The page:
Media coverage is more likely to influence jurors to vote for acquittal than for conviction. This new finding challenges arguments that pretrial publicity is of greater concern to defendants due to their Sixth Amendment right to a fair trial.
Researchers at the University of South Florida studied the verdicts of juries exposed to news articles perceived to weaken the prosecution's case (anti-prosecution), such as those that question whether the right person is on trial, and compared them to stories that strengthen the likelihood of a defendant's guilt (anti-defendant). They found juries purely exposed to anti-prosecution stories ahead of deliberation delivered 'not guilty' verdicts 100 percent of the time. However, those whom solely read anti-defendant articles delivered 'guilty' verdicts just 38 percent of the time. This research also discovered that pretrial publicity has a strong impact on how jurors interpret evidence and their impressions of key trial players, such as witnesses and defendants.
The study published in Psychology, Public Policy, and Law is based on CA v. Debra Cummings. The then-babysitter was charged in the 1990 murder of a nine-month-old boy placed in her care. Researchers formed 96 mock juries comprised of 500 people between ages 18 and 58 whom were unfamiliar with the case. Prior to the trial, the authors provided 67 percent of participants six news articles. Half were edited to appear anti-prosecution and included information about the victim's parents' prior criminality and lack of concern for the baby's injuries. The others mentioned how the babysitter had another child die in her care, alluding to the defendant's guilt. The remaining 33 percent of jurors were not exposed to any pretrial publicity.
The jurors were broken into six groups of 16 juries, each group with a specific composition based on familiarity with the case. They watched recordings of the actual trial, which included opening and closing arguments, testimony from four doctors, direct and cross-examination of the victim's mother and the defendant, direct examination of the victim's father and testimony from the defendant's sister.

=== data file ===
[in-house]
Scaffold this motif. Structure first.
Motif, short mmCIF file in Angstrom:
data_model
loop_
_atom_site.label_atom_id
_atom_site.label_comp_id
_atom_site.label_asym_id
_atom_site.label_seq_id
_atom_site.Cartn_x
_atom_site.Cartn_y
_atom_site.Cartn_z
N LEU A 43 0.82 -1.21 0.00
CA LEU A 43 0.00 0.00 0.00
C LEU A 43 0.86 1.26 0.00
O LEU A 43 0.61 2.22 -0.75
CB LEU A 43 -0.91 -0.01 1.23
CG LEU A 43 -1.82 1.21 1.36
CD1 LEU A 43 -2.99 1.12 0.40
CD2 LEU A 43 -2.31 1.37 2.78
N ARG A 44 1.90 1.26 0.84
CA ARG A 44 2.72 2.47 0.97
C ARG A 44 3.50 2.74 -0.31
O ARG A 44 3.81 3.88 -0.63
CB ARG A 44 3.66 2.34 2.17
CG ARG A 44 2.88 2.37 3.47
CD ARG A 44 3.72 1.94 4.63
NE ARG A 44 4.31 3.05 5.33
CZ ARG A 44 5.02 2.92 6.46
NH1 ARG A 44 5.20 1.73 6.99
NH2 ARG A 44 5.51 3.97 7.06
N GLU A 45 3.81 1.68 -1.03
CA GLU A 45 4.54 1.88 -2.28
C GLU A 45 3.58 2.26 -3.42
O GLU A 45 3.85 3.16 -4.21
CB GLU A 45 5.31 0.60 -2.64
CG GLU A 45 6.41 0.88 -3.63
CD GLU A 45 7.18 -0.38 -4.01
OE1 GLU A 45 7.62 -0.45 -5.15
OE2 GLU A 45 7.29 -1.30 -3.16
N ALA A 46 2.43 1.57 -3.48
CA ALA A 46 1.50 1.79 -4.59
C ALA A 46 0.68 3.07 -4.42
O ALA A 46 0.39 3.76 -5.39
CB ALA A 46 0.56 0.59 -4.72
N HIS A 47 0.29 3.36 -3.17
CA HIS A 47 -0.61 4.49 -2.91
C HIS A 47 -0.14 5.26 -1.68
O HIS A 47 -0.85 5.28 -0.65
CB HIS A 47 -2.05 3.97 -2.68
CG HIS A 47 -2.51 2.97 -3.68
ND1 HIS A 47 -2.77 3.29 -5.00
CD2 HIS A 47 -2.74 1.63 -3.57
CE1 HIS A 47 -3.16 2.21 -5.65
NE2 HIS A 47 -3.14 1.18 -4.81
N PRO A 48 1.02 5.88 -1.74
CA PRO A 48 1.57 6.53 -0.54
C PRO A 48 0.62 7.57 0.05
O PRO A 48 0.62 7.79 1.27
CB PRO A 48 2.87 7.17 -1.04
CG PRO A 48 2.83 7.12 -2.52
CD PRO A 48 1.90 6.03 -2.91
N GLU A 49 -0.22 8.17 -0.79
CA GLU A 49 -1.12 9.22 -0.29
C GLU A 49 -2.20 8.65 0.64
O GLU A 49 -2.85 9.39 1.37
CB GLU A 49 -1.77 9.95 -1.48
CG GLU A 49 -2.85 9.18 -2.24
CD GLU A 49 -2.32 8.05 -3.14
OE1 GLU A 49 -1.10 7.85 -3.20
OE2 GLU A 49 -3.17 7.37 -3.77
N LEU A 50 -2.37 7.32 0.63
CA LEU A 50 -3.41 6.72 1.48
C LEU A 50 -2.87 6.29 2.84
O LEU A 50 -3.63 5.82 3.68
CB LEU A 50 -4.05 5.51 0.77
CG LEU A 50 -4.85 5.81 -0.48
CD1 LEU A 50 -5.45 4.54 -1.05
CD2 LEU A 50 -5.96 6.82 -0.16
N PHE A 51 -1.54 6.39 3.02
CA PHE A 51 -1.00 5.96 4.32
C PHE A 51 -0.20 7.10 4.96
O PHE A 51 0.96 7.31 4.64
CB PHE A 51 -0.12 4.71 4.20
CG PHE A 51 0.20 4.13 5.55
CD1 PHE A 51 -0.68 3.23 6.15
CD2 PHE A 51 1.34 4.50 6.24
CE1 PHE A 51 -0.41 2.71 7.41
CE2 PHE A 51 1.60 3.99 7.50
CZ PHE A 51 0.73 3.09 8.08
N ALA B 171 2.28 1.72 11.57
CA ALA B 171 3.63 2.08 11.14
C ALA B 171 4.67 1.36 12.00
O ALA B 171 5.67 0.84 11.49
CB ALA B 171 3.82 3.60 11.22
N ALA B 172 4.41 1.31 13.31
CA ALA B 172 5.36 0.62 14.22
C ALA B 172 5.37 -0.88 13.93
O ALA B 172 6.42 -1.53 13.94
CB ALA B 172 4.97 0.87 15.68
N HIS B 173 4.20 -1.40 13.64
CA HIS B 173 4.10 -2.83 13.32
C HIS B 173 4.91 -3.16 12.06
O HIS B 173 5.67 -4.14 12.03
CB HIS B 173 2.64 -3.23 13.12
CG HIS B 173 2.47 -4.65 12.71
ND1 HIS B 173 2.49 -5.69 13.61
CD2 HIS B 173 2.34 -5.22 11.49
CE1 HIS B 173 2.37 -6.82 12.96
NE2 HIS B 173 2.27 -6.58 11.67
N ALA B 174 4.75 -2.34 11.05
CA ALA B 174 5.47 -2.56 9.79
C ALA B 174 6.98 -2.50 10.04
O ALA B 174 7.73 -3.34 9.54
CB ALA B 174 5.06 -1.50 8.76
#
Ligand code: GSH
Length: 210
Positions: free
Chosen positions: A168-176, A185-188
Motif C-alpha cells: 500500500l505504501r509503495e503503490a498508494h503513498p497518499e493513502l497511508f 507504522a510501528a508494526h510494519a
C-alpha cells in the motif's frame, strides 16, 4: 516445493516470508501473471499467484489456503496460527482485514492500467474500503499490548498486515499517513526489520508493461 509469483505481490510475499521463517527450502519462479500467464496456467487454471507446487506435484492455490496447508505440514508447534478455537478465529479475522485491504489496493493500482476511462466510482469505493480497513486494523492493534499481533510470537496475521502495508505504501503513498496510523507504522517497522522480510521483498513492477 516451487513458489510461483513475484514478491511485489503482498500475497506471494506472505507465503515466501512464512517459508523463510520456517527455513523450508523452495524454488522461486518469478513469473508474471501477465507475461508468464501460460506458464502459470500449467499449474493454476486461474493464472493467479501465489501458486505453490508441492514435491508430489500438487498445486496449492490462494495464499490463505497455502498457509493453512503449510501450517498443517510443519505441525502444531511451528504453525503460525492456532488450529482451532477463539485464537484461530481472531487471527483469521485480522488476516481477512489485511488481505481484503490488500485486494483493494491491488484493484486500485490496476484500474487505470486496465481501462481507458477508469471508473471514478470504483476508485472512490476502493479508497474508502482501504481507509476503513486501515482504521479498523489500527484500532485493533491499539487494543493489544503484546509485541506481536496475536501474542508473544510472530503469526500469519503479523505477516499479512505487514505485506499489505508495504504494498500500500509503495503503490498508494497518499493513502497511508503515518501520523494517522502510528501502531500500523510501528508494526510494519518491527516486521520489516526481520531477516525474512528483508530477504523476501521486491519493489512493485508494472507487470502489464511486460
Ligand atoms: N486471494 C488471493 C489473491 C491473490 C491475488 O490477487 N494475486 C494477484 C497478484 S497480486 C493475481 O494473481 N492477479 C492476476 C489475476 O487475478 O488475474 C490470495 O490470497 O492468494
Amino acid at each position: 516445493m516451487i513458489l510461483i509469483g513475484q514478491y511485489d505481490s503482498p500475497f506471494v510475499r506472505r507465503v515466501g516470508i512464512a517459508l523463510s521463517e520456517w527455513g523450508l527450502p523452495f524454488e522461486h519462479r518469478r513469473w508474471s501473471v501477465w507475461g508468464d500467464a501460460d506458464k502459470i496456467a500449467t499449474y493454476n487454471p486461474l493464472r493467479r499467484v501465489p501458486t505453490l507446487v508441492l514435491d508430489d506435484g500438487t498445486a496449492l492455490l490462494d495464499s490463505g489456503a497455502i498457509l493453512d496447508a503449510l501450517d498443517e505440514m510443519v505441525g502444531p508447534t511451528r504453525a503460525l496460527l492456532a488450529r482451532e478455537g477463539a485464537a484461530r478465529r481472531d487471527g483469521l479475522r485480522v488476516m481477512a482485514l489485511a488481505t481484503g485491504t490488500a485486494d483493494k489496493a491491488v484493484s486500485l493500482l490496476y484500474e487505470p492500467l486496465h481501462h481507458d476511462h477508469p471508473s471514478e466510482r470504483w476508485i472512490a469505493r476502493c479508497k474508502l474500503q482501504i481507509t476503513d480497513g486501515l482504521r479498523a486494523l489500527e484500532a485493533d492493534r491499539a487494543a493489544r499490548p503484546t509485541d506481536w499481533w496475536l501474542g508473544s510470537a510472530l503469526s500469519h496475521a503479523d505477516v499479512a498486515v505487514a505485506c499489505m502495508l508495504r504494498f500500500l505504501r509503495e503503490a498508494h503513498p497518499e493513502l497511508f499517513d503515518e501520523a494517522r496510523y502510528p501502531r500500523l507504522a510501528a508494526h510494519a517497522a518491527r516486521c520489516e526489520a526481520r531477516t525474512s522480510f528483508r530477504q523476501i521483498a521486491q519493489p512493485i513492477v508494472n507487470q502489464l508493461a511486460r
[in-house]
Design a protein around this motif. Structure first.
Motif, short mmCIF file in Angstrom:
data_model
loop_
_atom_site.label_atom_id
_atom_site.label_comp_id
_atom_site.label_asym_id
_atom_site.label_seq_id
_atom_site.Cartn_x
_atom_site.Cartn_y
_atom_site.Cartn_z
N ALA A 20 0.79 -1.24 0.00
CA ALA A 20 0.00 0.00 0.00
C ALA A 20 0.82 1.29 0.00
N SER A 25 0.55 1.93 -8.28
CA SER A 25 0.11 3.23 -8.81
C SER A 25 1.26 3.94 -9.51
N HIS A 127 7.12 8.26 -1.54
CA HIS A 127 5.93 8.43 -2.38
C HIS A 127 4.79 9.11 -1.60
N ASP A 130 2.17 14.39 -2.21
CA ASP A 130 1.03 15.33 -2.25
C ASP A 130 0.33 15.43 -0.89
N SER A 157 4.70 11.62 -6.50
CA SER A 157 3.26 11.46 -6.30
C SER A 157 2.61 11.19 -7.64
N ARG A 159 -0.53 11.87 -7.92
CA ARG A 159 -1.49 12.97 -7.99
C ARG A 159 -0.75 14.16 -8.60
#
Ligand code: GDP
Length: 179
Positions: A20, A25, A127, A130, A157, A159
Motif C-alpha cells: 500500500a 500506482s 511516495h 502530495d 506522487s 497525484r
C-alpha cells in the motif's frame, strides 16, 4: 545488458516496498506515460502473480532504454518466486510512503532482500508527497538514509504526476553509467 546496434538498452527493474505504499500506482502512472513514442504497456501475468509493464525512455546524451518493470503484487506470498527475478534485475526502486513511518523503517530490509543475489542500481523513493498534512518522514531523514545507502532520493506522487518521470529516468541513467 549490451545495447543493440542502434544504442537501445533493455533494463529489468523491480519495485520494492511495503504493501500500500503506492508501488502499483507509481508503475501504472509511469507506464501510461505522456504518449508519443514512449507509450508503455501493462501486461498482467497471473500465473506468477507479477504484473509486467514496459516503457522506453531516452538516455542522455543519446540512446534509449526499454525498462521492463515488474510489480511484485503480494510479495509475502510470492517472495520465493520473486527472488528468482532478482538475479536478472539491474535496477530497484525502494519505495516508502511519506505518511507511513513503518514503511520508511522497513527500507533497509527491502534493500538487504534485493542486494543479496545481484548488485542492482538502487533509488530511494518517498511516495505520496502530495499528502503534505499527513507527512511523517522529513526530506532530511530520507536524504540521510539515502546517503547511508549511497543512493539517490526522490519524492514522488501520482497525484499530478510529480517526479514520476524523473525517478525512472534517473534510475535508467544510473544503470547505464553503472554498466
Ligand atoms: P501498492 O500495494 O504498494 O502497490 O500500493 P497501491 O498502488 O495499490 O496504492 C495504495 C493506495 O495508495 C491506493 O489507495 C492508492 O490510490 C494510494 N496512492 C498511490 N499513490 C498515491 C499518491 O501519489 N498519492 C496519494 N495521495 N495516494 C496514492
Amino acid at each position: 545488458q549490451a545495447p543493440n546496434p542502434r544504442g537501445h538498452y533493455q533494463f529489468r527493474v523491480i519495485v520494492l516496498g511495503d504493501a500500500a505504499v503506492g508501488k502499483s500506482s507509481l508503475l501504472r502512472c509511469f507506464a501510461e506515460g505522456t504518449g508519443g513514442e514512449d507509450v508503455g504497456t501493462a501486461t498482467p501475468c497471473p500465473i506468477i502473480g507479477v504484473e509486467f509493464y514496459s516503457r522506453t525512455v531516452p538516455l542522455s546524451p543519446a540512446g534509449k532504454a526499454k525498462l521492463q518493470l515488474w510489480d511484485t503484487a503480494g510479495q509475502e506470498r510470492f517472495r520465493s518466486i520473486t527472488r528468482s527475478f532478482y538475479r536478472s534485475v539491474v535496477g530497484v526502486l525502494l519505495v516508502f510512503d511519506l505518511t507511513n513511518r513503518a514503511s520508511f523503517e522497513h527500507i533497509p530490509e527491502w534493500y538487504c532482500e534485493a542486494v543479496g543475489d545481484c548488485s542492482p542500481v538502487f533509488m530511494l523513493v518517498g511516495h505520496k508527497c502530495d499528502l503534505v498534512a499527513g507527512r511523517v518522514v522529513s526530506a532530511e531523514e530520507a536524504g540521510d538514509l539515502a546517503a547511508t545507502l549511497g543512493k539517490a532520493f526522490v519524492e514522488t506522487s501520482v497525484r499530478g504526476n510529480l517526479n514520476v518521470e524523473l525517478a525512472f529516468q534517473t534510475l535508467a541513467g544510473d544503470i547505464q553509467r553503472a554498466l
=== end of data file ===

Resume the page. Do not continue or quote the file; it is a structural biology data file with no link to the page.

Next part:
Study participants issued jury verdicts and provided their personal verdicts before and after the trial to determine the influential power of deliberation. Researchers discovered that deliberating on juries consisting of only anti-prosecution jurors resulted in an increase in anti-prosecution bias, with jurors being more likely to render a 'not guilty' verdict after deliberations than prior to them. In addition, jurors exposed to anti-prosecution publicity swayed their fellow jurors without background on the case to vote 'not guilty' 81 percent of the time, while those whom read anti-defense-slanted stories influenced the others to vote 'guilty' 38 percent of the time.
"These findings suggest that the courts, in high-profile cases, should not rely on jury deliberation to correct the bias associated with pretrial publicity exposure - doing so may result in an increase or spread of bias," said Christine Ruva, PhD, psychology professor at the University of South Florida Sarasota-Manatee. "In addition, juror exposure to pretrial publicity should not only be the concern of the defense's efforts to be granted a fair trial but should also be the concern of prosecutors as it can challenge their ability to prove guilt."
Other remedies to prevent bias include judges granting a change of venue, yet that rarely happens. The jury selection process is also designed to eliminate potential jurors influenced by pretrial publicity. However, it's difficult for the defense to prove their client won't receive a fair trial. The Fourteenth Amendment's Due Process Clause does not require potential jurors to be questioned about their knowledge on specific case information and the Sixth Amendment's impartial jury requirement is satisfied when prospective jurors refrain from stating they've been prejudiced by pretrial publicity.
CA v. Cummings resulted in a retrial, in which Cummings was acquitted of all charges in 1994.